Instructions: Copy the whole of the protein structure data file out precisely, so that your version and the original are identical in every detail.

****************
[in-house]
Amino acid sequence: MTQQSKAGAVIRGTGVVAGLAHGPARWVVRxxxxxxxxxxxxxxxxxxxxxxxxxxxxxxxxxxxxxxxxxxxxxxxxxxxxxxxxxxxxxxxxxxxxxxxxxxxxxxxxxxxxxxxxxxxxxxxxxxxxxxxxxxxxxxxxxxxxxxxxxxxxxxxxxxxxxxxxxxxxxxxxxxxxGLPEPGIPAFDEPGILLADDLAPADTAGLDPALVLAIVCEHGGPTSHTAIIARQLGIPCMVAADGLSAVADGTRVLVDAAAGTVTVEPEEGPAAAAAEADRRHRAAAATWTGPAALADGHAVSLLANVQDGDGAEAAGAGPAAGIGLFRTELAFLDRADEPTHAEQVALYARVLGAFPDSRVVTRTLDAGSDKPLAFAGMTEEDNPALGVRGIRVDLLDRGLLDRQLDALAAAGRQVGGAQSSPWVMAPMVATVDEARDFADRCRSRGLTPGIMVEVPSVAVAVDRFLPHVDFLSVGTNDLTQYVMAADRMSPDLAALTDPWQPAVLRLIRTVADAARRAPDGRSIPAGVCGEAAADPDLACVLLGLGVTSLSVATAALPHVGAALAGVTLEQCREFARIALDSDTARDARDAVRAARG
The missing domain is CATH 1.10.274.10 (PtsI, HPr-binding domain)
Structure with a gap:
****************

[in-house]
Amino acid sequence: MTQQSKAGAVIRGTGVVAGLAHGPARWVVRxxxxxxxxxxxxxxxxxxxxxxxxxxxxxxxxxxxxxxxxxxxxxxxxxxxxxxxxxxxxxxxxxxxxxxxxxxxxxxxxxxxxxxxxxxxxxxxxxxxxxxxxxxxxxxxxxxxxxxxxxxxxxxxxxxxxxxxxxxxxxxxxxxxxGLPEPGIPAFDEPGILLADDLAPADTAGLDPALVLAIVCEHGGPTSHTAIIARQLGIPCMVAADGLSAVADGTRVLVDAAAGTVTVEPEEGPAAAAAEADRRHRAAAATWTGPAALADGHAVSLLANVQDGDGAEAAGAGPAAGIGLFRTELAFLDRADEPTHAEQVALYARVLGAFPDSRVVTRTLDAGSDKPLAFAGMTEEDNPALGVRGIRVDLLDRGLLDRQLDALAAAGRQVGGAQSSPWVMAPMVATVDEARDFADRCRSRGLTPGIMVEVPSVAVAVDRFLPHVDFLSVGTNDLTQYVMAADRMSPDLAALTDPWQPAVLRLIRTVADAARRAPDGRSIPAGVCGEAAADPDLACVLLGLGVTSLSVATAALPHVGAALAGVTLEQCREFARIALDSDTARDARDAVRAARG
The missing domain is CATH 1.10.274.10 (PtsI, HPr-binding domain)
Structure with a gap: